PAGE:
January 11 Esight, 2009

Now may the God who gives perseverance and encouragement grant you to be of the same mind with one another according to Christ Jesus— Romans 15.5, NASB.This week, I would like to share with you the above verse as interpreted by Elder Peterson:

    May our dependably steady and warmly personal God develop maturity in you so that you get along with each other as well as Jesus gets along with us all—Romans 15.5, The Message

What I appreciate so much about Peterson’s interpretation of this text is his definition of Christian “maturity.” The fruit of being a mature Christian is that we truly have learned to “get along” with one another. We have come to love others the way God truly loves us. Yet how is it that God wants to bring us to this “maturity?”

Two references I believe give us the only valid nuts-and-bolts answer to the question of “how.” Pay close attention to the phrases I italicize.

Ephesians 3.14-17:

    For this reason I bow my knees before the Father, from whom every family in heaven and on earth derives its name, that He would grant you, according to the riches of His glory, to be strengthened with power through His Spirit in the inner man, so that Christ may dwell in your hearts through faith; and that you, being rooted and grounded in love, may be able to comprehend with all the saints what is the breadth and length and height and depth, and to know the love of Christ which surpasses knowledge, that you may be filled up to all the fullness of God.

1 John 4.7-12:

    Beloved, let us love one another, for love is from God; and everyone who loves is born of God and knows God. The one who does not love does not know God, for God is love…No one has seen God at any time; if we love one another, God abides in us.

In both of these passages, love for one another seems to be the climax, the pinnacle of Christian maturity. And how is it that these passages say we are to come to this maturity? We come to the maturity of loving others when we truly begin to believe, on a heart level, how deeply and passionately we ourselves are loved. When we come to know the “dimensions” of God’s love for us, we come to be filled with all the “fullness” of that love by which God is defined, according to Paul. John tells us that if we don’t love, the only reason is that we don’t really know God. (This might mean that the majority of those who call themselves Christians do not even know the God they claim to be following. Did I say that out loud?)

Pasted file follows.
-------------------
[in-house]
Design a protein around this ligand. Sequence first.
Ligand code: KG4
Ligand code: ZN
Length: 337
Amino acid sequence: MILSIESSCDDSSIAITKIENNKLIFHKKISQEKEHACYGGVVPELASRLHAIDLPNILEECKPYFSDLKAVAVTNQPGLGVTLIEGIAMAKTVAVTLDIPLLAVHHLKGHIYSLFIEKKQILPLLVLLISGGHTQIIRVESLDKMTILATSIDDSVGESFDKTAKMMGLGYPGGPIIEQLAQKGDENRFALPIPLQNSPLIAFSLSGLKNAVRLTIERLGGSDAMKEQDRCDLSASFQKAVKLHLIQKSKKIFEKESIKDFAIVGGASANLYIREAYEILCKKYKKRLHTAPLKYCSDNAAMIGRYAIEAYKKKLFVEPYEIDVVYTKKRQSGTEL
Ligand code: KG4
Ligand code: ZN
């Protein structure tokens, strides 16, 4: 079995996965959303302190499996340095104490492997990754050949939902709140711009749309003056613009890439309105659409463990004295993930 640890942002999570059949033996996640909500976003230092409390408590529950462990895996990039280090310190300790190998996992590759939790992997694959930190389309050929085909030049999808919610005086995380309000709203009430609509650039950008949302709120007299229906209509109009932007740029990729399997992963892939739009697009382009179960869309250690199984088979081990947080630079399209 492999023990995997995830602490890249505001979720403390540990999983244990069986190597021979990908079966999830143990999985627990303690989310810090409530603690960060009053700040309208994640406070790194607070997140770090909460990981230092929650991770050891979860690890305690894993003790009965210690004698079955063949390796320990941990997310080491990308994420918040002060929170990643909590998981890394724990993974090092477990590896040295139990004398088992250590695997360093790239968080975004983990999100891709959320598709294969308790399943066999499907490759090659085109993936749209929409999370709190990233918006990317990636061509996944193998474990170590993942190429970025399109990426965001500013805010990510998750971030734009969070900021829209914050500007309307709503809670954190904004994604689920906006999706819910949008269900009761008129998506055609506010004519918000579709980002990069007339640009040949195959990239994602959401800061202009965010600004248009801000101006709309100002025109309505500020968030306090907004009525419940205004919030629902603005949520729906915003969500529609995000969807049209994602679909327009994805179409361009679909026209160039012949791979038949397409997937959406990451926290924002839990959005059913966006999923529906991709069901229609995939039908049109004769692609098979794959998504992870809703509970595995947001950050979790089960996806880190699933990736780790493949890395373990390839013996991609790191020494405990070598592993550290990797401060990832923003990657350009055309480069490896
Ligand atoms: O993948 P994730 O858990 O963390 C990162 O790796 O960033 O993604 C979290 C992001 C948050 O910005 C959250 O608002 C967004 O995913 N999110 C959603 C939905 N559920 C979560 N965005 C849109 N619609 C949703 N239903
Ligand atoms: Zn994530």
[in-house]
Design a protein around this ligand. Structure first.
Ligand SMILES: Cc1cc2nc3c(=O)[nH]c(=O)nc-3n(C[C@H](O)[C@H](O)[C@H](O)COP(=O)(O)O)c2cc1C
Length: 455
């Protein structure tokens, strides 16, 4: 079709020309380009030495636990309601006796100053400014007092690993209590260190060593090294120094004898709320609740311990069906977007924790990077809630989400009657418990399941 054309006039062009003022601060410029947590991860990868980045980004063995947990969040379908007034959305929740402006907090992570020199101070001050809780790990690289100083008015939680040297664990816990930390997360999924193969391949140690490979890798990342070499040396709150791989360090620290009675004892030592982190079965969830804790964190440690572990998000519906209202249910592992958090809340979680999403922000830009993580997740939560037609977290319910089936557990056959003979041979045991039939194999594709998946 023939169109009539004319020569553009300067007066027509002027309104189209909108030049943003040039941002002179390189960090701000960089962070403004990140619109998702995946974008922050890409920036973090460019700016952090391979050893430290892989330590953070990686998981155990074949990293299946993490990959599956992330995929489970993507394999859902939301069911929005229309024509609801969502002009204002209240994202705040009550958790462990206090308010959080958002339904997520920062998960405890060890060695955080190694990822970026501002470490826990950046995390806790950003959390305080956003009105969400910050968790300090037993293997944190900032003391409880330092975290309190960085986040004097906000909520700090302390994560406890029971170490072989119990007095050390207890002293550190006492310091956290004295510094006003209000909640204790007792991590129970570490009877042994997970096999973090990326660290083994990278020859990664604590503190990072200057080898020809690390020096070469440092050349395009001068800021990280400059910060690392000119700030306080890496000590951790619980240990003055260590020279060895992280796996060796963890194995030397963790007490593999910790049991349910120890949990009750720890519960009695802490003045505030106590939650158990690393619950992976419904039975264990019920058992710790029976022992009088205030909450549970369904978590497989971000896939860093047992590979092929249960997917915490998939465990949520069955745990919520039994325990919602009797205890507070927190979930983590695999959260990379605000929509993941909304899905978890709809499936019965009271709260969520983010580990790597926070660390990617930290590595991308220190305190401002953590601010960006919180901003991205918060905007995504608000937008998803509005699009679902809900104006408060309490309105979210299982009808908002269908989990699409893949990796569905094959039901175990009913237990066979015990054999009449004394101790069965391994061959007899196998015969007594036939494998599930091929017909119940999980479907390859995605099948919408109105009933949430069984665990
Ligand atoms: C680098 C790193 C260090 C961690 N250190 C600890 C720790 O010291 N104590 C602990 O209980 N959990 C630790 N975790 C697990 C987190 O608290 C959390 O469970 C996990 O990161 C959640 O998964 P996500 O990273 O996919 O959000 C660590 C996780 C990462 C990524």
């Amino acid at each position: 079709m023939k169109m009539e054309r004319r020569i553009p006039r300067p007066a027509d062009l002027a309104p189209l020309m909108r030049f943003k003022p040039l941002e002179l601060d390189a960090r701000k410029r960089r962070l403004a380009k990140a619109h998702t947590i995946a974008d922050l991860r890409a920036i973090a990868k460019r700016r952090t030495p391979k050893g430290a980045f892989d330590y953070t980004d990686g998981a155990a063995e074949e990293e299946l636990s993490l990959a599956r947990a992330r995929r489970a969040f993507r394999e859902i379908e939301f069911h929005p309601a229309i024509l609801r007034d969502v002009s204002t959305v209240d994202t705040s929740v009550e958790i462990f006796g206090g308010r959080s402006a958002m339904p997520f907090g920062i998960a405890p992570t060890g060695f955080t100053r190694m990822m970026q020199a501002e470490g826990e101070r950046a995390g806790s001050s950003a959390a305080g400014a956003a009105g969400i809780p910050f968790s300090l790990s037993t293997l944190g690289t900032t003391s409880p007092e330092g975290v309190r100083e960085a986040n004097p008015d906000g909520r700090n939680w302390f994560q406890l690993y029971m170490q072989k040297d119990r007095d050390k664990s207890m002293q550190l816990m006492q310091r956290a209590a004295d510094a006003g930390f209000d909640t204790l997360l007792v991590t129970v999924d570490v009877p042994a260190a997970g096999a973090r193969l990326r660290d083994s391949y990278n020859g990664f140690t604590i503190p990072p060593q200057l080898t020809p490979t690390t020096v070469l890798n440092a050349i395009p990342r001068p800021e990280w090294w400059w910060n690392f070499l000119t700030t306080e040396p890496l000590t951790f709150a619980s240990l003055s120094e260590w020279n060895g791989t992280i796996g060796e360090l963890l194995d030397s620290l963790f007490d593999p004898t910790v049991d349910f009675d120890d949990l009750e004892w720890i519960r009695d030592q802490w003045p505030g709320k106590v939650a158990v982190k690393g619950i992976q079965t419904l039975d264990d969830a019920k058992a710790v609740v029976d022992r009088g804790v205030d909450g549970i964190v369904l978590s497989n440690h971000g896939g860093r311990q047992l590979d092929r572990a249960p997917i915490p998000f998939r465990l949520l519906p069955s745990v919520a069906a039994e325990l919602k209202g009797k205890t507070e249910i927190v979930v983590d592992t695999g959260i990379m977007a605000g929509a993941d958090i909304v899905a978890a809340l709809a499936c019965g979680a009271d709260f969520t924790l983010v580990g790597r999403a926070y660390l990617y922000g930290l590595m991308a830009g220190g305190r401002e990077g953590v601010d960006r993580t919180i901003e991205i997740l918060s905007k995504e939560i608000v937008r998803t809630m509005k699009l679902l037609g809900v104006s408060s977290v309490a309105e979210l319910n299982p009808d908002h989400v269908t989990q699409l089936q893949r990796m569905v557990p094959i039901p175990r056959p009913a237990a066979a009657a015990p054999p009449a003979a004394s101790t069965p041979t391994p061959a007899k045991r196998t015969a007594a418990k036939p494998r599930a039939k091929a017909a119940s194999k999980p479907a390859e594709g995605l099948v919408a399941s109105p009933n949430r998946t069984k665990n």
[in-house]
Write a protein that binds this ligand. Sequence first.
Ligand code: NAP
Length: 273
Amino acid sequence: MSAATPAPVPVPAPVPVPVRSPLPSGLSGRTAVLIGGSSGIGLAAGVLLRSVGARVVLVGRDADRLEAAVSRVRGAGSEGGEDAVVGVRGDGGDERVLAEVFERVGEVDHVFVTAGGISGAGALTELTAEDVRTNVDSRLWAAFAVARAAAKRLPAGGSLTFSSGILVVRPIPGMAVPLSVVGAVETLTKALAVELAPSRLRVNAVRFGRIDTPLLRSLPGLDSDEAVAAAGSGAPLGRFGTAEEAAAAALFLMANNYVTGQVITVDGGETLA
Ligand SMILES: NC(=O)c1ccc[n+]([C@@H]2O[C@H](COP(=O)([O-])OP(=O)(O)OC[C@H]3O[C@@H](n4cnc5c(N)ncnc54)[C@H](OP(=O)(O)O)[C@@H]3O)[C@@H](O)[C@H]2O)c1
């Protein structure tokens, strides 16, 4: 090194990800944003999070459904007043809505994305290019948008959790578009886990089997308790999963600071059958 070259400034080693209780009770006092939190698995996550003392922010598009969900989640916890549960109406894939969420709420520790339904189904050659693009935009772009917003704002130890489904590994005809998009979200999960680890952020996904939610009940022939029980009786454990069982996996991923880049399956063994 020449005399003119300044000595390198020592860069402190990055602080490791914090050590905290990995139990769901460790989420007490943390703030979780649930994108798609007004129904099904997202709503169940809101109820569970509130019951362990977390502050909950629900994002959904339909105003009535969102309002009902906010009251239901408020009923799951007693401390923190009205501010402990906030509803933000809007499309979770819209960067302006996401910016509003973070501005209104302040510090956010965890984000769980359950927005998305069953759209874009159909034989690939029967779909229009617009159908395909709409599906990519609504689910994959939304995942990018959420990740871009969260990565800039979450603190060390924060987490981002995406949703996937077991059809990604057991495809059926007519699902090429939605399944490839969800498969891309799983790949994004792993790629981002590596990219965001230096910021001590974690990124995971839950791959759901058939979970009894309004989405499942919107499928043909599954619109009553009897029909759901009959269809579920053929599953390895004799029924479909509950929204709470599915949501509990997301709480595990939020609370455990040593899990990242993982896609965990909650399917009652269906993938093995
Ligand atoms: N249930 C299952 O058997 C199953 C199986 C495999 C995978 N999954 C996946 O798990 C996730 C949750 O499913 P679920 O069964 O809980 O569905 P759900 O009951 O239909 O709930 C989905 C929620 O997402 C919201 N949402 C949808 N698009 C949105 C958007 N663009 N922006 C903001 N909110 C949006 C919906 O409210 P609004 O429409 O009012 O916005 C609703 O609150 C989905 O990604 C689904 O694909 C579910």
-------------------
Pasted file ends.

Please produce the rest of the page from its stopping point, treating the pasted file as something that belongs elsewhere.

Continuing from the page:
You see, the reason that we don’t love others is that we have not yet truly encountered God’s radical generous other-centered love for us. Our religious experience has been based on externals and formalities. In other words, it is only by love that love truly is awakened. And just as everyone who loves does so as a result of coming to know God and His love, everyone who does not love does not because they have yet to truly encounter Him as He really is (i.e., God is love, I John 4:8).

Another author agrees:

    Love is the basis of godliness. Whatever the profession, no man has pure love to God unless he has unselfish love for his brother. But we can never come into possession of this spirit by trying to love others. What is needed is the love of Christ in the heart. When self is merged in Christ, love springs forth spontaneously. The completeness of Christian character is attained when the impulse to help and bless others springs constantly from within—when the sunshine of heaven fills the heart and is revealed in the countenance (White, Christ’s Object Lessons, p. 384).

So much is said in this one paragraph.

    1)Love is the basis of godliness! This needs to be shouted from the rooftops.

    2)Whatever the profession, the litmus test is love for one another.

    3)We can’t love others by “trying” to love them.

    4)What we need is the heart-level belief in the love of Christ for us.

    5)Then, love will spring forth from us “spontaneously.” (She said it, not me! That’s an incredible concept!)

    6)Lastly, this love being expressed for one another is the completeness of Christian character. This is the goal (the restoring of man in the image of God, who is love) to which God is endeavoring to lead us all experientially.

Christian maturity, therefore, is never defined by how stringently you adhere to a list of religious dogma. It’s more dynamic. It’s more relational. It’s about how we treat one another. I don’t know where you are this week, but as I look out on the expanse of what most of Christianity has portrayed to this world, this is the kind of maturity I want God to produce in me. Come what may. My prayer for all who call themselves by His name is that through encountering what He really is, we ourselves will be transformed, changed, into that same “Love” (I John 4:8). Then we can say to the world, truly, “We love, because He first loved us” (1 John 4:19).

I wish you God’s best this week.